M: I, too, have big plans! Continuing the self-education program, I made myself a class. It’s fourteen weeks long, the length of my summer break. I am to read at least twenty books, critique them, and write at least one poem/essay per week inspired by them. Also: one field trip per week (this very broad but I’m excited by; museums, obscure parks and trails, nearby towns). Also: one project per week, something left undone, like sewing the curtains for the study, e.g.
I hope it’s not too much. So far it’s working. I love summer. Today I said to A: Life is so pleasant when we don’t have to work! (meaning the paid work, the other work is work, too, of course)
Last question, unless you have more: Tell us about the laugh child, the concept, where it’s going. And, what do you think of THERMOS? Any ideas you wish we’d try?
B: the laugh child, as of right now, is an online magazine that I started last year. I really wanted to make an online mag that “followed” the same artists and poets through the seasons of the year, in terms of their creations. So I picked some poets and artists that I admire to the extreme and I asked all of them if they’d be down with submitting a new piece to my magazine at every solstice or equinox, starting in the fall of 2009, and then for the whole year. Is that explained well? What I mean is, all the poets and artists that were participating were to submit 4 times in that year; the same poets and artists for the whole year.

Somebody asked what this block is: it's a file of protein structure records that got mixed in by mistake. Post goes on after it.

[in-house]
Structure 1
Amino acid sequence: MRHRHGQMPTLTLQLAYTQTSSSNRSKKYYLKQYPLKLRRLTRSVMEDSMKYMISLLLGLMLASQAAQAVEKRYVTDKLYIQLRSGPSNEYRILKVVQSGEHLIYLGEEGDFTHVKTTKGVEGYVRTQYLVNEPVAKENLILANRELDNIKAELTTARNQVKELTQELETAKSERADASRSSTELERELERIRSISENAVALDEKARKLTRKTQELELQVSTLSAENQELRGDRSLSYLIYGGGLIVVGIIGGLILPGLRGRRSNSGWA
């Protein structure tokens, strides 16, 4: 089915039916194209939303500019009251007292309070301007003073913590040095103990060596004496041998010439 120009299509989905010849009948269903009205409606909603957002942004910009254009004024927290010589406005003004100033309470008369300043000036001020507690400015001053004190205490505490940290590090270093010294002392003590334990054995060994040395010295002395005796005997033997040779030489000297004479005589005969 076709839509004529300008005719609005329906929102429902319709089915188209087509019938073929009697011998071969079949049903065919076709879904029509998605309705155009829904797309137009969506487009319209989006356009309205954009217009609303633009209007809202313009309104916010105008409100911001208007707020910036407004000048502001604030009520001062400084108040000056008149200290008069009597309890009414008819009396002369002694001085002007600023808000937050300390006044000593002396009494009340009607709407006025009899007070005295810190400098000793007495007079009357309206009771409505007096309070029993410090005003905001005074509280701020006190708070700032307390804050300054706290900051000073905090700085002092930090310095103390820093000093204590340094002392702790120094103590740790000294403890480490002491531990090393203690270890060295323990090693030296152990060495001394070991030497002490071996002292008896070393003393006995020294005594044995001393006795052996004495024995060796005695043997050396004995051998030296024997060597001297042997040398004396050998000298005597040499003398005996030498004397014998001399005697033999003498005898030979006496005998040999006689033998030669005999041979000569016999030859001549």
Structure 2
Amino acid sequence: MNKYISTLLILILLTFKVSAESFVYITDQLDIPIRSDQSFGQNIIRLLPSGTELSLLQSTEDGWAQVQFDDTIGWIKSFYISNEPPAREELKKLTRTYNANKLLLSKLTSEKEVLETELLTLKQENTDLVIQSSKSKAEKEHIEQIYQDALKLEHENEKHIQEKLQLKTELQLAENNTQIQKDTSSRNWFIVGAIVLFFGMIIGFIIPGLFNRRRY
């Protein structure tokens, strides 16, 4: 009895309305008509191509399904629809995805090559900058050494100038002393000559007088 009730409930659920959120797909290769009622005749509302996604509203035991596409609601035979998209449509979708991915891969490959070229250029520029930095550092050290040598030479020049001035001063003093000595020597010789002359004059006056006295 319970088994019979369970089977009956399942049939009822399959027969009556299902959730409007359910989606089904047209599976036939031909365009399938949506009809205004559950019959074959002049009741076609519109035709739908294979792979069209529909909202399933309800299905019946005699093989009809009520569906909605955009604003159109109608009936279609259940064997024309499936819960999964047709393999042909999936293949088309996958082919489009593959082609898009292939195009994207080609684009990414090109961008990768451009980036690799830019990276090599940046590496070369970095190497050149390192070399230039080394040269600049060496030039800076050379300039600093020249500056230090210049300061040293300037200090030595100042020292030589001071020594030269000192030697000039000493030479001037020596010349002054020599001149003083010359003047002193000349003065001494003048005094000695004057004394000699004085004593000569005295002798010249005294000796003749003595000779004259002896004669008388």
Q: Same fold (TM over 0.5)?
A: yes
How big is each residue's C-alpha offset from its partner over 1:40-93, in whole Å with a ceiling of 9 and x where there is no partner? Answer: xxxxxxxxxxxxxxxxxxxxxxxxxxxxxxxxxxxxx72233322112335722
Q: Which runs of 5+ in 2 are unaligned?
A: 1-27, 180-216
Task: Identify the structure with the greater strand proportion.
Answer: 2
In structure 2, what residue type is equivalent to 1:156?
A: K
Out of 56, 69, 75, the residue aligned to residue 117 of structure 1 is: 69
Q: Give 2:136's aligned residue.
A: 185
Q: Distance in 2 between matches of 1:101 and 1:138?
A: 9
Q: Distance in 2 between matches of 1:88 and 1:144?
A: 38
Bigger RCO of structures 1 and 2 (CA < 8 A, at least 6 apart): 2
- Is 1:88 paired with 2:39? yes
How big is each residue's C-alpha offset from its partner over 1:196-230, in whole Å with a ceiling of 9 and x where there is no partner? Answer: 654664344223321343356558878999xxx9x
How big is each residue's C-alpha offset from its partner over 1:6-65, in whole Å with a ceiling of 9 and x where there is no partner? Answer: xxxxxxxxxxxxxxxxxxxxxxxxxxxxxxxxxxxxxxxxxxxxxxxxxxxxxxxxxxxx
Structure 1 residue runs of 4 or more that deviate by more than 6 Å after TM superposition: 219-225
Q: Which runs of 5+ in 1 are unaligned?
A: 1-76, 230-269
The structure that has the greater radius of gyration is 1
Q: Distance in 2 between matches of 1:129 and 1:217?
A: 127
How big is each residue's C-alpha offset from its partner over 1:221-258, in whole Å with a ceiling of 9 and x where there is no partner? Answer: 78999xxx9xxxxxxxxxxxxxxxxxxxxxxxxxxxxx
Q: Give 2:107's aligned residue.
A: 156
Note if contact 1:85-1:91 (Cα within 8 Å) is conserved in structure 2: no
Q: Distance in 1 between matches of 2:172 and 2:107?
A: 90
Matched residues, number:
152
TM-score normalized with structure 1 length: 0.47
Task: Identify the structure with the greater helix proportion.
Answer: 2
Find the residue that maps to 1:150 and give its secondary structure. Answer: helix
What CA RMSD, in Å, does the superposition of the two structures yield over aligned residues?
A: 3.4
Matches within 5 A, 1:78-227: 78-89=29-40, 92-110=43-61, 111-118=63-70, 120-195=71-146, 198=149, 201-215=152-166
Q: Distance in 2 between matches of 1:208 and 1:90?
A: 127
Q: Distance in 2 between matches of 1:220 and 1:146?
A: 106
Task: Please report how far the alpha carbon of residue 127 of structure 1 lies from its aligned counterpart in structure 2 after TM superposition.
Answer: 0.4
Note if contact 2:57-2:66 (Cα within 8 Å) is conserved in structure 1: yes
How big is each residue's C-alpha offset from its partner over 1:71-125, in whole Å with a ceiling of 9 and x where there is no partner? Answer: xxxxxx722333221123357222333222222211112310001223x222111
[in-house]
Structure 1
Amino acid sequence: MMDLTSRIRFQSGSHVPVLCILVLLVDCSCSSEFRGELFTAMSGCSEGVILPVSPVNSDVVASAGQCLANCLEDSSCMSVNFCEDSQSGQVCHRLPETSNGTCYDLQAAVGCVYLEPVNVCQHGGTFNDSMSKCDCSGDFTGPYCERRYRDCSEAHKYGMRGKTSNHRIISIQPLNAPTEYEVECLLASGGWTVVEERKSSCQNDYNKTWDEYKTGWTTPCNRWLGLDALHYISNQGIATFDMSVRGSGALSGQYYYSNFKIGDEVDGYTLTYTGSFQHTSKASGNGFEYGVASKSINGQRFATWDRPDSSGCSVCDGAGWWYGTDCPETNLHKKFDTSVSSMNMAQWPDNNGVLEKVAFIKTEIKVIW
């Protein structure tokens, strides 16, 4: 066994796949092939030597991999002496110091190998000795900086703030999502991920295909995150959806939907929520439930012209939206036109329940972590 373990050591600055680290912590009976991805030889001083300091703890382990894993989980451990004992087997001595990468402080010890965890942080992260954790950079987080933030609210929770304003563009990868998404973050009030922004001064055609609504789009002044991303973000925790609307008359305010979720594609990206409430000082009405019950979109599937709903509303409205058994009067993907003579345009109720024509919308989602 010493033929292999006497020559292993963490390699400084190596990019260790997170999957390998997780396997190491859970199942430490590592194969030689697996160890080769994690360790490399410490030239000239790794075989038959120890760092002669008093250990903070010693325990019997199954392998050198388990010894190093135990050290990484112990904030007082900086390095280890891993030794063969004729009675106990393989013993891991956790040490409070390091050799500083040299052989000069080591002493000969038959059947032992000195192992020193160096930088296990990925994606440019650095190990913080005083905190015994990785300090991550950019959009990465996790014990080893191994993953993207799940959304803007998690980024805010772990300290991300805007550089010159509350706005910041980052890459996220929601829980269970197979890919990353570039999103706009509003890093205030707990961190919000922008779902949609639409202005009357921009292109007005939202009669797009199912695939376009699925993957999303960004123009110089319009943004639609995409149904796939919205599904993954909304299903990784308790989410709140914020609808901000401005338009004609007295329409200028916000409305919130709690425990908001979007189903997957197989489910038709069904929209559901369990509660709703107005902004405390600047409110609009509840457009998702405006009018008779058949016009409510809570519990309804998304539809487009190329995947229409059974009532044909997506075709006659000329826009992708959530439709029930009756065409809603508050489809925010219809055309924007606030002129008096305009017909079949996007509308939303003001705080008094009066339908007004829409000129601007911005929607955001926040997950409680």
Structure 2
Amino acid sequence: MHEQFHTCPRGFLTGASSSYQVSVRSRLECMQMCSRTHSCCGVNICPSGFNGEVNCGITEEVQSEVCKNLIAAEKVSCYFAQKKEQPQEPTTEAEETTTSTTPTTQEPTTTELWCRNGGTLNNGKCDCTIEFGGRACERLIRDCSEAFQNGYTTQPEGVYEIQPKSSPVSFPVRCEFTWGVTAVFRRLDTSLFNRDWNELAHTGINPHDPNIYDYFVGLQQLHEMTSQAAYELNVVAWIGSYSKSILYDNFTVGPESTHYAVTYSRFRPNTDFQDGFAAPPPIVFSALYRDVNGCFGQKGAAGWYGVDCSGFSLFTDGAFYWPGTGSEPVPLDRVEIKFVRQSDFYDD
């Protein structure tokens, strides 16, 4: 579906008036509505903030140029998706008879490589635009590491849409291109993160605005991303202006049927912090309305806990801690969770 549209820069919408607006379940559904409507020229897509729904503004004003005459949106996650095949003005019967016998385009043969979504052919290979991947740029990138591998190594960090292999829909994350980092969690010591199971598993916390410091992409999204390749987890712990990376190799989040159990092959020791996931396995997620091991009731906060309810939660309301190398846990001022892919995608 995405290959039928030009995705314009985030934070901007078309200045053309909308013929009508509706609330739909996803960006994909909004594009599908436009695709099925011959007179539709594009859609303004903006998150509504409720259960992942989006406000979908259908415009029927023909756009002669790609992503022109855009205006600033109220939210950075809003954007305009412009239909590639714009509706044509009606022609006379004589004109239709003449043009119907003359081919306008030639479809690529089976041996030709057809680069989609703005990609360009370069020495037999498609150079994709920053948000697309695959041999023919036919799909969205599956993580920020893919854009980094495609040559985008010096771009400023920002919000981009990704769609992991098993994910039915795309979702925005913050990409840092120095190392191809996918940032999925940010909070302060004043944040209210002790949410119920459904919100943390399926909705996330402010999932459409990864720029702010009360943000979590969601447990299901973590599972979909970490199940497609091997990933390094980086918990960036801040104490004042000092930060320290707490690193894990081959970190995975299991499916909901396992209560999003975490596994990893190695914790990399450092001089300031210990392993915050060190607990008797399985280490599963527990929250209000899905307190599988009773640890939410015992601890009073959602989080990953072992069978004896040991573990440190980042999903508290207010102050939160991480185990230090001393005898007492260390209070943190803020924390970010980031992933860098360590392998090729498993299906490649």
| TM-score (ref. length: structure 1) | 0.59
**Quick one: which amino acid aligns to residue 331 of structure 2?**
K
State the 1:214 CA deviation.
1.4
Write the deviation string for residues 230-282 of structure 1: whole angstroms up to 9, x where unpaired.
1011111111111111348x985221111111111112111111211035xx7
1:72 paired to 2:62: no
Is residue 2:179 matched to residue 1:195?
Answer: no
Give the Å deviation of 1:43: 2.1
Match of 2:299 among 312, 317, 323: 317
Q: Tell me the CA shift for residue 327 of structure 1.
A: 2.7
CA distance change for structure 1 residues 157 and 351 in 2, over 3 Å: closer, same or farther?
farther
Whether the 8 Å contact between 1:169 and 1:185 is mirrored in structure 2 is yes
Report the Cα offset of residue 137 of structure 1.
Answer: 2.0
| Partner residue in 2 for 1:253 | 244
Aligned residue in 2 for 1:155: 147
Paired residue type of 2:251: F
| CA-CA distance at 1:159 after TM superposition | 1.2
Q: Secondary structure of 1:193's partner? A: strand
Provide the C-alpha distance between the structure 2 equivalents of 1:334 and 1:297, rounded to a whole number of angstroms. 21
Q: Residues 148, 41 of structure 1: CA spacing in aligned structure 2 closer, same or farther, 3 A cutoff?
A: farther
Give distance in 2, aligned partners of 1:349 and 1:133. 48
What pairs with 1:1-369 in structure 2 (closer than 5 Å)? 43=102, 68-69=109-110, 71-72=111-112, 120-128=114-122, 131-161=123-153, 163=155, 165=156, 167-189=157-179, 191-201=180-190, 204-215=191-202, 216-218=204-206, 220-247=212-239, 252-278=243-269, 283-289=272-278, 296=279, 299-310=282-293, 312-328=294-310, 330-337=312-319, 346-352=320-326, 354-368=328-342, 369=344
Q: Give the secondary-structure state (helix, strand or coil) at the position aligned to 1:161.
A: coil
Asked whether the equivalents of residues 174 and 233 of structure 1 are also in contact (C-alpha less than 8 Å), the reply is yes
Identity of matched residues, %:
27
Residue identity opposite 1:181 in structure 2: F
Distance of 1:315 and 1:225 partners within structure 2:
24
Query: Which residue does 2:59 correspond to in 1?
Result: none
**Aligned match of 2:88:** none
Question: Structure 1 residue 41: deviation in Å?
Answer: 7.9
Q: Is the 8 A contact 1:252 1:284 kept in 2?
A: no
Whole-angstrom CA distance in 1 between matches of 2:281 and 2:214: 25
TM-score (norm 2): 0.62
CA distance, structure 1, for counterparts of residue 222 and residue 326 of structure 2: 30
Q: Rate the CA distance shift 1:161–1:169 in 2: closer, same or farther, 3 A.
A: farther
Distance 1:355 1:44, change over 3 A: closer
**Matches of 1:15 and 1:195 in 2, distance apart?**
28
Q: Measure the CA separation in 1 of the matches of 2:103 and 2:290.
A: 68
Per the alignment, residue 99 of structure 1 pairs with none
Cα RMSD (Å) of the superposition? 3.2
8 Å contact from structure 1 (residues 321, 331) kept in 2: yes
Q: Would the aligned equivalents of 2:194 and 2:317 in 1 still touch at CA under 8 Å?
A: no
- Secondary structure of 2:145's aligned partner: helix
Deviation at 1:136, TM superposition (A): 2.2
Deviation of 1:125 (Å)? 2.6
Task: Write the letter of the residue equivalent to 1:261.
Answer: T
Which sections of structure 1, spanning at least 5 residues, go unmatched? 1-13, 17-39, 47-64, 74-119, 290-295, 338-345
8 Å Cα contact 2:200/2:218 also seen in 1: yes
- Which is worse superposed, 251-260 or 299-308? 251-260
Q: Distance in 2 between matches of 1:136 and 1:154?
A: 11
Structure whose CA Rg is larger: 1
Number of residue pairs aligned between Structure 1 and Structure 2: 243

So far, I really love how it is turning out, because of course I love everyone’s work, and I feel really happy and proud and inspired to be part of putting these poems and images out into the world; but of course it hasn’t worked out in this nice neat 4-submissions-and-4-issues way. (An owl outside just hooted in agreement.) Partly this is because it was more work than I expected, and partly this is because I had a crazy busy and stressful couple of (teaching) semesters. Oh I am sounding so complainy in this e-mail conversation I feel! I know everyone is busy and crazy feeling. But, as we (we being Lauren Haldeman, the awesome webmaster and also poet, and me, the editor sitting there looking over Lauren’s shoulder as she does computery things) are finishing up the second issue of this year this week, I am really feeling like yes! Because I love it; I love seeing people’s work from over the whole year! It worked!